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Preface to The Truth About Managing People, 3rd Edition

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Stephen P. Robbins describes his book, which is organized around key, human-behavior-related problem areas that managers face: hiring, motivation, leadership, communication, team building, performance evaluation, and coping with change.
This chapter is from the book

Managers are bombarded with advice from consultants, professors, business journalists, and assorted management “gurus” on how to manage their employees. A lot of this advice is well researched and valuable. Much of it, however, is a gross generalization, ambiguous, inconsistent, or superficial. Some of it is even just downright wrong. Regardless of the quality, there doesn’t seem to be any slowdown in the outpouring of this advice. Quite the contrary. Books on business and management have replaced sex, self-help, and weight loss as topics on many nonfiction best-sellers’ lists. Sadly, most of these books are not evidence-based. Most, in fact, seem to be oblivious to the wealth of research on managing people at work and rely on personal opinions, limited experience, or unsupported observations. If you want evidence of this, look at some of the titles in the “Leadership” section of your local bookstore. You’ll find titles like The Leadership Secrets of Attila the Hun; Make It So: Leadership Lessons from Star Trek; The Leadership Secrets of Santa Claus; and Toy Box Leadership: Leadership Lessons from the Toys You Loved as a Child.

I’ve been teaching and writing about managing people at work for more than 40 years. As part of my writing efforts, I have read upwards of 30,000 research studies on human behavior. While my practitioner friends are often quick to criticize research and theory-testing, this research has provided us with innumerable insights into human behavior. Unfortunately, there has been no short, concise summary of behavioral research that cuts through the jargon to give managers the truth about what works and doesn’t work when it comes to managing people at work. Well, that’s no longer true since the first edition of this book.

As with the previous editions, I’ve organized this book around key, human-behavior-related problem areas that managers face: hiring, motivation, leadership, communication, team building, performance evaluation, and coping with change. Within each problem area, I’ve identified a select set of topics that are relevant to managers and where there is substantial research evidence to draw upon. I’ve also included suggestions to help readers apply this information to improve their managerial effectiveness. Sixteen topics are new to this edition, and the others have been updated. New to this edition are contemporary topics such as ethical leadership, virtual leadership, the dark side of charisma, organizational citizenship behavior, age stereotypes, organizational politics, digital distractions at work, the motivational power of recognition, and managing layoff-survivor sickness.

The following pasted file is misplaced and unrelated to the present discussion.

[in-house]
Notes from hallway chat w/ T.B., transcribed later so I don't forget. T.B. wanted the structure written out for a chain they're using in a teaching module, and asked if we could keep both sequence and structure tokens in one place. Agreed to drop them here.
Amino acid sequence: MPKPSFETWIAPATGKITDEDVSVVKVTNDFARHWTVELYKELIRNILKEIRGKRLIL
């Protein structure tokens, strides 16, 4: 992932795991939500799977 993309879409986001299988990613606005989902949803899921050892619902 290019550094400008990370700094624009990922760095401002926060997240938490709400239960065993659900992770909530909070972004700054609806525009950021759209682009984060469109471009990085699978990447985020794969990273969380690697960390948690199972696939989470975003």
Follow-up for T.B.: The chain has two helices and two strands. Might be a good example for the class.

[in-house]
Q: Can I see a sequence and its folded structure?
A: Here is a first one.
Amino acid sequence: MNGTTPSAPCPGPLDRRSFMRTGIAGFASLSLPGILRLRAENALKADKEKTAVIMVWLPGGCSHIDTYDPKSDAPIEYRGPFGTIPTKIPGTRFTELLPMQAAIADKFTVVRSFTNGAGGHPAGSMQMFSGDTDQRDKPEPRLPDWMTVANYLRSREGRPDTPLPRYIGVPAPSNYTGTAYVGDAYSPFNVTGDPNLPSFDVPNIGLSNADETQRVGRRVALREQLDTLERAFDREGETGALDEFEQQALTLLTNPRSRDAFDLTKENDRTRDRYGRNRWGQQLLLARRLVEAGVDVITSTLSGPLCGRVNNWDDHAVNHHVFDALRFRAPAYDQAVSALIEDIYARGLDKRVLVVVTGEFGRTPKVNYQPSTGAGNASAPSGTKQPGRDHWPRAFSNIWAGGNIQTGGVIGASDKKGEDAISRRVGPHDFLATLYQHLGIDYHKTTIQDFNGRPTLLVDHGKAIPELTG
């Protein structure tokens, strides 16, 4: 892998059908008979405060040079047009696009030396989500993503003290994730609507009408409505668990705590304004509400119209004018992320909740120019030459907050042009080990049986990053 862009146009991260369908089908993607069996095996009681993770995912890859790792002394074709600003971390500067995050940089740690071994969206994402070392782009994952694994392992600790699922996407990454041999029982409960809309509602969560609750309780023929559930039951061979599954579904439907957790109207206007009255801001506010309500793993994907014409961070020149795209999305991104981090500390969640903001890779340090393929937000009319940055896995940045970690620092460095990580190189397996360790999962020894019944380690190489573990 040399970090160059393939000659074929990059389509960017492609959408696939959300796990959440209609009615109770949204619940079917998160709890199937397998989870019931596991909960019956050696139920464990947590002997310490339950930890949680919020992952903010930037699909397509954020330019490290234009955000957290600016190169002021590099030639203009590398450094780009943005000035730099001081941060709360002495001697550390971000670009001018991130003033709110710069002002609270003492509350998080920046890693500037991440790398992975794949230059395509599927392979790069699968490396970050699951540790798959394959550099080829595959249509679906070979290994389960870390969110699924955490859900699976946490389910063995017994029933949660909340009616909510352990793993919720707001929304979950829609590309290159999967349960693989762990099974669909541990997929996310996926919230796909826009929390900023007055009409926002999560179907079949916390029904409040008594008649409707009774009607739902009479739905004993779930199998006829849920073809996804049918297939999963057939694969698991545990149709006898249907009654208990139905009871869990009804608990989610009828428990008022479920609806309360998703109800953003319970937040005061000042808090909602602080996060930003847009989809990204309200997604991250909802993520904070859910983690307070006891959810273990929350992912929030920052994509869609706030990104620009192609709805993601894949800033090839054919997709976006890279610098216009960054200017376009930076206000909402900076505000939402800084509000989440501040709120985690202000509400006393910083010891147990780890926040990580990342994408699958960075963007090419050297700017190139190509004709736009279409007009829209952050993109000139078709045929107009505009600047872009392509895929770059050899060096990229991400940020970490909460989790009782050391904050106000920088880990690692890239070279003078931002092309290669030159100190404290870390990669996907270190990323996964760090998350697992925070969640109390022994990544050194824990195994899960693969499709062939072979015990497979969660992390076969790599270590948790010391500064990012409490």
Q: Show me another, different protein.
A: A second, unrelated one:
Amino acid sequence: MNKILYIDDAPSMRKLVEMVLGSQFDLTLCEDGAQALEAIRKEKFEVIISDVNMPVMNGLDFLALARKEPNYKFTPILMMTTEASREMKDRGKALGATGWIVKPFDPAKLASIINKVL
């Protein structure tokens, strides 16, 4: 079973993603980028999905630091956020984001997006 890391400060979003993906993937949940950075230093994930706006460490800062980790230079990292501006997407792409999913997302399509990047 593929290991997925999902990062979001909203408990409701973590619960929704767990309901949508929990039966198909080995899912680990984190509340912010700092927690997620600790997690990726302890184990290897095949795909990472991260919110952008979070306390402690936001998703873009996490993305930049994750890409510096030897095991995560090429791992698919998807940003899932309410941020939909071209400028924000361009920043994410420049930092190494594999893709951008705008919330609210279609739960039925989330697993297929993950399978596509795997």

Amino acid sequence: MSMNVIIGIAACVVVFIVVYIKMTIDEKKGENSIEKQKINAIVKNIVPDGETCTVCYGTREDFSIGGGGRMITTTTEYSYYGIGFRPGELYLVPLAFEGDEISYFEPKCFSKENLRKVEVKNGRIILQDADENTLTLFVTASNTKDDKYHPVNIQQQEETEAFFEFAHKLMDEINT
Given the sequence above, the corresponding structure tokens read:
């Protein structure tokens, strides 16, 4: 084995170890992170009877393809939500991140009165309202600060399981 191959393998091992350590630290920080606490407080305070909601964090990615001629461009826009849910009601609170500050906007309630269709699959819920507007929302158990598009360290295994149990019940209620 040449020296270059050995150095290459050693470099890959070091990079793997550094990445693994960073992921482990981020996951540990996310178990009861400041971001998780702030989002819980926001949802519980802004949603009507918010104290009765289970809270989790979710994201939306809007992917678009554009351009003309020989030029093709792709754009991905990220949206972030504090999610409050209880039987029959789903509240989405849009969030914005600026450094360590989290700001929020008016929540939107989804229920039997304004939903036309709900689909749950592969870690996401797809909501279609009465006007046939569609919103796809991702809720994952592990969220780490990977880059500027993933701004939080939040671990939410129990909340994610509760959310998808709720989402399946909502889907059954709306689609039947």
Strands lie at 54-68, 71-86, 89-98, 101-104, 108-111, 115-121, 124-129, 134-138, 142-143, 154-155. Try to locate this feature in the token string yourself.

Who is this book written for? Practicing managers and those aspiring to a management position—from CEOs to supervisor wannabes. I wrote it because I believe you shouldn’t have to read through detailed textbooks in human resources or organizational behavior to learn the truth about managing people at work. Nor should you have to attend an executive development course at a prestigious university to get the straight facts. What you get from this book, of course, will depend on your current knowledge about organizational behavior. Recent MBAs, for instance, will find this book to be a concise summary of the evidence they spent many months studying. They won’t see elaborated theories or names of major researchers but they will find accurate translations of research findings. For individuals who haven’t kept current with research in organizational behavior or for those with little formal academic training, this book should provide a wealth of new insights into managing people at work.

You’ll find each of the 59 topics in this book is given its own short chapter. And each chapter is essentially independent from the others. You can read them in any order you desire. Best of all, you needn’t tackle this book in one sitting. It’s been designed for multiple “quick reads.” Read a few chapters, put it down, then pick it up again at a later date. There’s no continuous story line that has to be maintained.

Let me conclude this preface by stating the obvious: A book is a team project. While there is only one name on the cover, a number of people contributed to getting this book in your hands. That team included Tim Moore, Jeanne Glasser Levine, Jovana San Nicolas-Shirley, and Amy Neidlinger. My thanks to each.

Stephen P. Robbins

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